Dispatcher:

Dispatcher, Fleet Manager, Driver Manager

The primary person a driver communicates with at his/her company. A dispatcher can play many roles, depending on the company's structure. Dispatchers may assign freight, file requests for home time, relay messages between the driver and management, inform customer service of any delays, change appointment times, and report information to the load planners.

Dm:

Dispatcher, Fleet Manager, Driver Manager

The primary person a driver communicates with at his/her company. A dispatcher can play many roles, depending on the company's structure. Dispatchers may assign freight, file requests for home time, relay messages between the driver and management, inform customer service of any delays, change appointment times, and report information to the load planners.

TWIC:

Transportation Worker Identification Credential

Truck drivers who regularly pick up from or deliver to the shipping ports will often be required to carry a TWIC card.

Your TWIC is a tamper-resistant biometric card which acts as both your identification in secure areas, as well as an indicator of you having passed the necessary security clearance. TWIC cards are valid for five years. The issuance of TWIC cards is overseen by the Transportation Security Administration and the Department of Homeland Security.

HOS:

Hours Of Service

HOS refers to the logbook hours of service regulations.

EPU:

Electric Auxiliary Power Units

Electric APUs have started gaining acceptance. These electric APUs use battery packs instead of the diesel engine on traditional APUs as a source of power. The APU's battery pack is charged when the truck is in motion. When the truck is idle, the stored energy in the battery pack is then used to power an air conditioner, heater, and other devices

Brett Aquila's Comment
member avatar
Great Answer!

That's why every driver dreads hearing "Can you do me a favor?" from dispatch because they always think there's nothing to it and you wind up spending 12 hours making $30 and having one hassle after another after another.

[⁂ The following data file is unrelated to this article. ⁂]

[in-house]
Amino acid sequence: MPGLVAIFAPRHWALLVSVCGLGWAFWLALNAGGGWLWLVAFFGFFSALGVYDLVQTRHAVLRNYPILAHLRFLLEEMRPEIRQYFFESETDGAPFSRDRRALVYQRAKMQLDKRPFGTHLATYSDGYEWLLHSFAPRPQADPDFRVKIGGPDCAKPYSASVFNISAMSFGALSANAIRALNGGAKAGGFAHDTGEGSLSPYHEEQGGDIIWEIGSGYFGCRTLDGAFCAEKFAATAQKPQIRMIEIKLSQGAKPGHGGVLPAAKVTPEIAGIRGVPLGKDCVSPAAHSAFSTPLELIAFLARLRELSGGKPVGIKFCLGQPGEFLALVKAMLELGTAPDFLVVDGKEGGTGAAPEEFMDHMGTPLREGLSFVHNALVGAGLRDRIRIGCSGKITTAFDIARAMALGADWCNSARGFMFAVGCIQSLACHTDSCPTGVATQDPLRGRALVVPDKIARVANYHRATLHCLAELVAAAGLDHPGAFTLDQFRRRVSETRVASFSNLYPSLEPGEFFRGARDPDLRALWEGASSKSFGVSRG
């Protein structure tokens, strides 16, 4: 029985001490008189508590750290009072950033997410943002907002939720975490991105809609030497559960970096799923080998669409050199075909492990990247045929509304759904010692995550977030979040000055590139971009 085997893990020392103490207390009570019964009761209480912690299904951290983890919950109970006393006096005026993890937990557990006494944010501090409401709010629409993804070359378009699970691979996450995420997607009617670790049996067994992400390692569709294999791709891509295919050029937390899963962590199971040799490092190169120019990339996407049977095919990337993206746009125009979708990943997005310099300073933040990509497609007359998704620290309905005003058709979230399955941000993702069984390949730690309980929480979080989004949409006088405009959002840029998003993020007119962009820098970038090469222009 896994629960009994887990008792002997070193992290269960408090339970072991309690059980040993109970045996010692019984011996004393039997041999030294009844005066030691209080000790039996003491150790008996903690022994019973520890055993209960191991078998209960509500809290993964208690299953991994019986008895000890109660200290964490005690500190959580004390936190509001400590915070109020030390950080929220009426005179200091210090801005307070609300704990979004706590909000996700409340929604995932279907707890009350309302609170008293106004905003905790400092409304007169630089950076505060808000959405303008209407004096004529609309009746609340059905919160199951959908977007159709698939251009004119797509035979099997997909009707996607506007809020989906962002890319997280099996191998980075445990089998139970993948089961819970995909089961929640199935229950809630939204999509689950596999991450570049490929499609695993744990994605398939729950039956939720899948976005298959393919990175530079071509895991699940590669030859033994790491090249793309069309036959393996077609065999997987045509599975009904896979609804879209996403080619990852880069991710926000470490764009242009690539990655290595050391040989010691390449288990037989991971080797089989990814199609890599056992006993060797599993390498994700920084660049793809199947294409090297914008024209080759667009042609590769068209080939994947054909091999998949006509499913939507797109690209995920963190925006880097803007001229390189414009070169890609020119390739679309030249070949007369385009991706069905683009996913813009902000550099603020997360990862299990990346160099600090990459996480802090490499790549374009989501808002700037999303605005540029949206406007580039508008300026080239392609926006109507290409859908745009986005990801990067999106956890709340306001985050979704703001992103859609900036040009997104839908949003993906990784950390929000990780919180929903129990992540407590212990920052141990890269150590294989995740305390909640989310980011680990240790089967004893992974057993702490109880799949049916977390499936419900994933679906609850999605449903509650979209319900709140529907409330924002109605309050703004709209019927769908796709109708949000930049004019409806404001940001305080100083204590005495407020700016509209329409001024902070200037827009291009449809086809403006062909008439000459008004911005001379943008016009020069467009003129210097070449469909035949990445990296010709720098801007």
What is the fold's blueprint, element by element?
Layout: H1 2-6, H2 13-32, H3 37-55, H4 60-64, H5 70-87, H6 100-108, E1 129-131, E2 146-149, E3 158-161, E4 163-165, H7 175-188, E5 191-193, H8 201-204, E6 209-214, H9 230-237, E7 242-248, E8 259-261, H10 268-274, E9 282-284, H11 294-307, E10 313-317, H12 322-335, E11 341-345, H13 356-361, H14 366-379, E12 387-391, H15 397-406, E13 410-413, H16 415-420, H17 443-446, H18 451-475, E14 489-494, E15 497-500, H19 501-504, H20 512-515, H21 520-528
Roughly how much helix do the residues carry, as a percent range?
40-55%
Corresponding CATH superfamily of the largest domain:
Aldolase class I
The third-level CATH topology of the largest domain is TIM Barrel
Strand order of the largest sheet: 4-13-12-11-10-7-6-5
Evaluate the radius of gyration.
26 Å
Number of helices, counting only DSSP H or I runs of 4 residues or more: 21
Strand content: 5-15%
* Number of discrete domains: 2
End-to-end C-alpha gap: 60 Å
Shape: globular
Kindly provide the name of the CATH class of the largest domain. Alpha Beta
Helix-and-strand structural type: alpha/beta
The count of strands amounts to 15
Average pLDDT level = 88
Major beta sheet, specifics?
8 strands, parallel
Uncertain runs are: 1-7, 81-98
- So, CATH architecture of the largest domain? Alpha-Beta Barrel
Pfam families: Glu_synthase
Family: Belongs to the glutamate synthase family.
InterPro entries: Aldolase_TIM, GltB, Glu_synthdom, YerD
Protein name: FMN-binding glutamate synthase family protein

On a computer screen every task appears simple. Just run over there "quick", grab this trailer "quick", take it to this other place "quick", and you're done. Ah the beautiful world as it appears on a dispatcher's screen.

Or my favorite - all miles are created equally on a dispatcher's screen. "Why do you hate the Northeast so much? This load has good miles" they'll say. Yeah, because on a computer screen the miles from Philadelphia to Boston look the same as the miles from Dallas to San Antonio - must be equally good then, right?

sorry.gif

That's why it's awesome having an experienced dispatcher. Even though they haven't driven a truck they know a whole lot more about what they're asking us to do and how we'll feel about it. So they know when they ask a great driver to do something really lousy they're prepared to reward you in return. That's all you can ask.

Dispatcher:

Dispatcher, Fleet Manager, Driver Manager

The primary person a driver communicates with at his/her company. A dispatcher can play many roles, depending on the company's structure. Dispatchers may assign freight, file requests for home time, relay messages between the driver and management, inform customer service of any delays, change appointment times, and report information to the load planners.
RedGator's Comment
member avatar
Great Answer!

Thank you Brett, Roadkill and Derek. Zach while I respect your professional opinion and dont fault you for what works for you I will continue to do what works for me. We are all in this business to make money. I was a manager for many years so I do know my DM's first priority is my company. I was available I did it, got paid for it ALL including the part where I slept at the shipper and started a fresh 10 and got to spend time with a local friend in the process. Part of what I believe is wrong with trucking is the jaded attitude most have. I prefer to live my life in the positive and learning from my experiences. I CHOOSE to look at the positive because I REFUSE to make myself miserable. I actually got a call today from my DM about a 15 miles overspeed (a termitable offense). "If you were to get a ticket we would have to fire you and we dont want to lose you because we really like you" Guess my attitude was the difference between getting a slap on the wrist or the warning AH? I didnt really post to get experienced opinions. While ive been out here for awhile but am still a rookie and can learn from others I post here because I want to show potential newbies the "real world" of trucking before they get out here, get frustrated and quit. Before they become cynical and jaded too. I want them too see that its not always the situation that makes or breaks ya but your attitude and how you handle it that REALLY makes the difference. Maybe you Sir Zach can learn a thing from this "new school" driver. Might just make your days easier and you more pleasant to deal with. PS. I am TOP driver on my DMs board for miles so I make damn good money.